by David Agren
MEXICO CITY (CNS) — A Catholic nun was awarded Mexico’s top human rights award Dec. 10 for her work with the families of missing persons.
Sister Consuelo Morales, a member of the Congregation of Our Lady: Canonesses of St. Augustine, has advocated for and accompanied families whose loved ones disappeared in violence or problematic security crackdowns. The families often find the authorities indifferent to their plight and end up ostracized in their communities. Often they organized their own searches — at least until Sister Consuelo intervened.
“She has given voice to the unprotected and has accompanied them in their demand for justice,” said President Enrique Pena Nieto at the award ceremony in Mexico City. “She has proposed substantive solutions as well.”
The award once again raised awareness of missing persons in Mexico, where government statistics put the figure at more than 25,000. It also puts attention on the ministry of Sister Consuelo, who became one of the most prominent human rights defenders in northern Mexico at a time violence and abuses of authority spiraled out of control.
“The human consequences of government and social indifference, which for many years prevailed, are immeasurable,” Sister Consuelo said after receiving the award. “We are speaking of thousands of families degraded by violence.”
Described by journalist Diego Enrique Osorno as a combination of “tenderness and fury,” Sister Consuelo is founder of the organization, Citizens in Support of Human Rights, in the city of Monterrey. There, she has become a well-known human rights defender and pushed for legal changes to better help families with missing members.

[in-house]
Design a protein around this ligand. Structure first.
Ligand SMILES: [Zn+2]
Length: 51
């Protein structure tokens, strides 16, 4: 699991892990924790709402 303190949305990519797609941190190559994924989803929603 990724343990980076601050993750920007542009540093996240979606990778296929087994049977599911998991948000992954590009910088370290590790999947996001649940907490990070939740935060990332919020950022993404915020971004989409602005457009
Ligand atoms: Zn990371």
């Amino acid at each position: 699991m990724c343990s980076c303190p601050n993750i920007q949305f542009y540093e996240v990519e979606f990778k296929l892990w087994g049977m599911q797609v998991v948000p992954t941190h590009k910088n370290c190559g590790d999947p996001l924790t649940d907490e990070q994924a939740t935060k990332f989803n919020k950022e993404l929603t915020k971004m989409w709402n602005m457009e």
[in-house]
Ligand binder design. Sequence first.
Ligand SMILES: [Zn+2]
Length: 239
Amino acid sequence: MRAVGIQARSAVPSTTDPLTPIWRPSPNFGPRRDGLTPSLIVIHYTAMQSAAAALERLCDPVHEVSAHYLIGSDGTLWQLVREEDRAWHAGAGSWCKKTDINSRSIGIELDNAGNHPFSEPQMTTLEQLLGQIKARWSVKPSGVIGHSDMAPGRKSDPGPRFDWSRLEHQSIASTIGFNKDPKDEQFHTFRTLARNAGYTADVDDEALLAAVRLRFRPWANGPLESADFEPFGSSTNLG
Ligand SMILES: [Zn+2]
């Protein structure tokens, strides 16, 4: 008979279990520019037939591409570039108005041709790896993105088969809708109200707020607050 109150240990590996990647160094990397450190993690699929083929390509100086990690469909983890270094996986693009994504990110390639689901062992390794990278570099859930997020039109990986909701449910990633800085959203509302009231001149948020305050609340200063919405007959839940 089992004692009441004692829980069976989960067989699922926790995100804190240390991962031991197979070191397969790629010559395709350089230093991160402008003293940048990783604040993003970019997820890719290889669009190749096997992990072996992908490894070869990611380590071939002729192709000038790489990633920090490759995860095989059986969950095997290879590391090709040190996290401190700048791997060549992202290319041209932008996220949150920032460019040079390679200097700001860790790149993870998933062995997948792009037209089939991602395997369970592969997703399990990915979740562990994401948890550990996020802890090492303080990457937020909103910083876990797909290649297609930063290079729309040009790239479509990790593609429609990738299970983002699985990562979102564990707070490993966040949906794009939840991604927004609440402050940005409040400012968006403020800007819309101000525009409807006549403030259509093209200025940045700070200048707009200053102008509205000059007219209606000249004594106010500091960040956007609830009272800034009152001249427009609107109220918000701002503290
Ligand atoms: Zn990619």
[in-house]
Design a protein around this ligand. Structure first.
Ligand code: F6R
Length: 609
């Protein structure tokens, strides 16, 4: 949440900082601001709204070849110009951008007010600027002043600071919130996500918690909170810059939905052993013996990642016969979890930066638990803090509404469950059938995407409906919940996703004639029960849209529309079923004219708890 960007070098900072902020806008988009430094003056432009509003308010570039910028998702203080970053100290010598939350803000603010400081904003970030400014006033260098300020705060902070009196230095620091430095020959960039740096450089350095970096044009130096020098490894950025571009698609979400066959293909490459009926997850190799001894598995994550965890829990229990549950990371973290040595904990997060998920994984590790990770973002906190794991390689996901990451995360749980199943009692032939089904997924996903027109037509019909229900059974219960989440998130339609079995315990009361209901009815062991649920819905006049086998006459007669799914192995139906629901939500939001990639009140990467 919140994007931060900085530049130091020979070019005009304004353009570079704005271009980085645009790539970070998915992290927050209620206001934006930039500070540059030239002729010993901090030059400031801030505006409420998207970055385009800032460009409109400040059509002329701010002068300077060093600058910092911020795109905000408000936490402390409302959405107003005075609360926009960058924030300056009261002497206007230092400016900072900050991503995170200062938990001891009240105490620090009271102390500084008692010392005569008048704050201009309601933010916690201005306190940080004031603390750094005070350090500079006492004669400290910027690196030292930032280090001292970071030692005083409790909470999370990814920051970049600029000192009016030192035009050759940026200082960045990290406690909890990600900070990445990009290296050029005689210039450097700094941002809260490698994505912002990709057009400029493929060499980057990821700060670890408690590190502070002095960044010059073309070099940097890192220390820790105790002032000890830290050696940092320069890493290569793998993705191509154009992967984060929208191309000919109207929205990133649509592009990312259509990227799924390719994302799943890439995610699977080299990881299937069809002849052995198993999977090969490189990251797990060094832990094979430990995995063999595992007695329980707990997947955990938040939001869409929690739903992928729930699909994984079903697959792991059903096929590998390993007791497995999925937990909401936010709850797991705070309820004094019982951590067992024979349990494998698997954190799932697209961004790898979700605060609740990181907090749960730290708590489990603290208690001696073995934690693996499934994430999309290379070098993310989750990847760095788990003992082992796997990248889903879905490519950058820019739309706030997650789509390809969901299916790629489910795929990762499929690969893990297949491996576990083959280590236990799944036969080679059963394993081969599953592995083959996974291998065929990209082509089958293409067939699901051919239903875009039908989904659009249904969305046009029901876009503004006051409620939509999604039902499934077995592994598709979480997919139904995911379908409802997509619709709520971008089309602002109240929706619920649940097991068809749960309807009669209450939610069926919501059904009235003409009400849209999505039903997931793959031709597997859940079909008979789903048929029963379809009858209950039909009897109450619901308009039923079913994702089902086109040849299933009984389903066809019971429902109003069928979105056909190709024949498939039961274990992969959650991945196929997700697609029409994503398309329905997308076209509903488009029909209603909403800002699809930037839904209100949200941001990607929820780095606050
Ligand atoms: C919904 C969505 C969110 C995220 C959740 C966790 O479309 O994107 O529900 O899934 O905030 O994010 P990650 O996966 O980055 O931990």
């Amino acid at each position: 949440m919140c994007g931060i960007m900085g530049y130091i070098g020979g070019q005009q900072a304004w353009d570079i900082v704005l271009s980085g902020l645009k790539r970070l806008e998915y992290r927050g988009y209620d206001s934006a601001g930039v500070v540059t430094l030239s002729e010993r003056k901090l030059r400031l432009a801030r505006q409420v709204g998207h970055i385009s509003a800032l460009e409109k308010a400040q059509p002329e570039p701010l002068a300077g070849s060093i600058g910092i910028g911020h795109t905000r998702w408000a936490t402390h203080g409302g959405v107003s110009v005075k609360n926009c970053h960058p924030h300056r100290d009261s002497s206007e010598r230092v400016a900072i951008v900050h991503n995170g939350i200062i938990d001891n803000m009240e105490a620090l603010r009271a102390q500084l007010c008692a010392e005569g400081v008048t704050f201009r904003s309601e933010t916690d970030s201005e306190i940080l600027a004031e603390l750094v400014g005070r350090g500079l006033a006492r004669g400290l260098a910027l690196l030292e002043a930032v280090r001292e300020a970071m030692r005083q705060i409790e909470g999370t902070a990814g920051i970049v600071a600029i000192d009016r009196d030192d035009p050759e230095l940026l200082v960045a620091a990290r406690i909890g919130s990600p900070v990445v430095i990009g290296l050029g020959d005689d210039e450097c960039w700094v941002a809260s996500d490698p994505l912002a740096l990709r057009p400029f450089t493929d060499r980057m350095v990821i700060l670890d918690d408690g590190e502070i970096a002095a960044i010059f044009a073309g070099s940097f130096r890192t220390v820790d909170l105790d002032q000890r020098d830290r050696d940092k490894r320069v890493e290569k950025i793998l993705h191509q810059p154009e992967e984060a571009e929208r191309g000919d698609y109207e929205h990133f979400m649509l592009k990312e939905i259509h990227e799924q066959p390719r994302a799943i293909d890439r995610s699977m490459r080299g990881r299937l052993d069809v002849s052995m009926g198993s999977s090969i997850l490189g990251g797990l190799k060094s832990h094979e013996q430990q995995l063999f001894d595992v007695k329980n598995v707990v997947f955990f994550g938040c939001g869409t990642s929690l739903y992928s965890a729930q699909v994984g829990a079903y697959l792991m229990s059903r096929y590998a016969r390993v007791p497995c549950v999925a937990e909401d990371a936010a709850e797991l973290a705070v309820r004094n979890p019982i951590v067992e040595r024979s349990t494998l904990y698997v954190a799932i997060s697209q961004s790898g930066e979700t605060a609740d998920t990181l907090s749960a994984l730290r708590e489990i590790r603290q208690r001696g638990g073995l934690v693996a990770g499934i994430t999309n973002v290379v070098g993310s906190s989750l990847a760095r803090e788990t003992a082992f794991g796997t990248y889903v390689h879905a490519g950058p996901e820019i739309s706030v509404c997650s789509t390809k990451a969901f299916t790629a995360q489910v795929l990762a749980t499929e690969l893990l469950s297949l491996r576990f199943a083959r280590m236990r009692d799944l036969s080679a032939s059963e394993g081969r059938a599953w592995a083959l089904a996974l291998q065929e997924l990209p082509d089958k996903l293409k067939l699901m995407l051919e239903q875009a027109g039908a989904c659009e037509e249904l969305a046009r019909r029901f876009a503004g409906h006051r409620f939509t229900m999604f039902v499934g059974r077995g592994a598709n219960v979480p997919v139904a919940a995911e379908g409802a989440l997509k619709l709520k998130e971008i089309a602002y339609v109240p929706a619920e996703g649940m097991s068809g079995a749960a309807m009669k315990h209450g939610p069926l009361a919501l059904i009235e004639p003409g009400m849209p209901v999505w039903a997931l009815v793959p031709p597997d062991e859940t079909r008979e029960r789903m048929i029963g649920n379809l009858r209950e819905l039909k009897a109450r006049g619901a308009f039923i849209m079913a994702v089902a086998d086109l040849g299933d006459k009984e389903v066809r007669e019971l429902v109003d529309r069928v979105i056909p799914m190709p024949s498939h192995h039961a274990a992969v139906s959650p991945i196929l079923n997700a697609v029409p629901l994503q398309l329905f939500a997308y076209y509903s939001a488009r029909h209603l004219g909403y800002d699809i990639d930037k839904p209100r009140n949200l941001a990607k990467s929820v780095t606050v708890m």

Her work took on additional importance after difficulties with the crackdown on drug cartels hit hard late in the last decade in Monterrey, Mexico’s third-largest city.
Cartels battled over territories and carried out crimes like kidnap and extortion. People also went missing in large numbers — with some falling victim to forced disappearances at the hands of the authorities — while those falling victim to violence suffered an additional stigma of society not believing their stories.
“It’s impressive the bravery of those that search, in spite of the prejudices of the authorities, society and their own relatives, who typically say, ‘Surely [the victims] stepped out of line,’ or blame mothers for having poorly raised their children,” she said.
Sister Consuelo is featured prominently the documentary film, “Kingdom of Shadows,” which premiered earlier this year and captures the human rights crisis of the Mexican drug war.
“I would characterize her as a fighter, someone who will not back down from a fight, but fight with a strategy,” said filmmaker Bernardo Ruiz, who spent time profiling Sister Consuelo. “She is a woman consumed by her work. She seemed to be in a constant state of activity: haranguing public officials on the phone, delegating tasks to her junior staffers, hugging a family member of a [missing person.]
“She can be impatient,” Ruiz added, “but generally this is an impatience for justice.”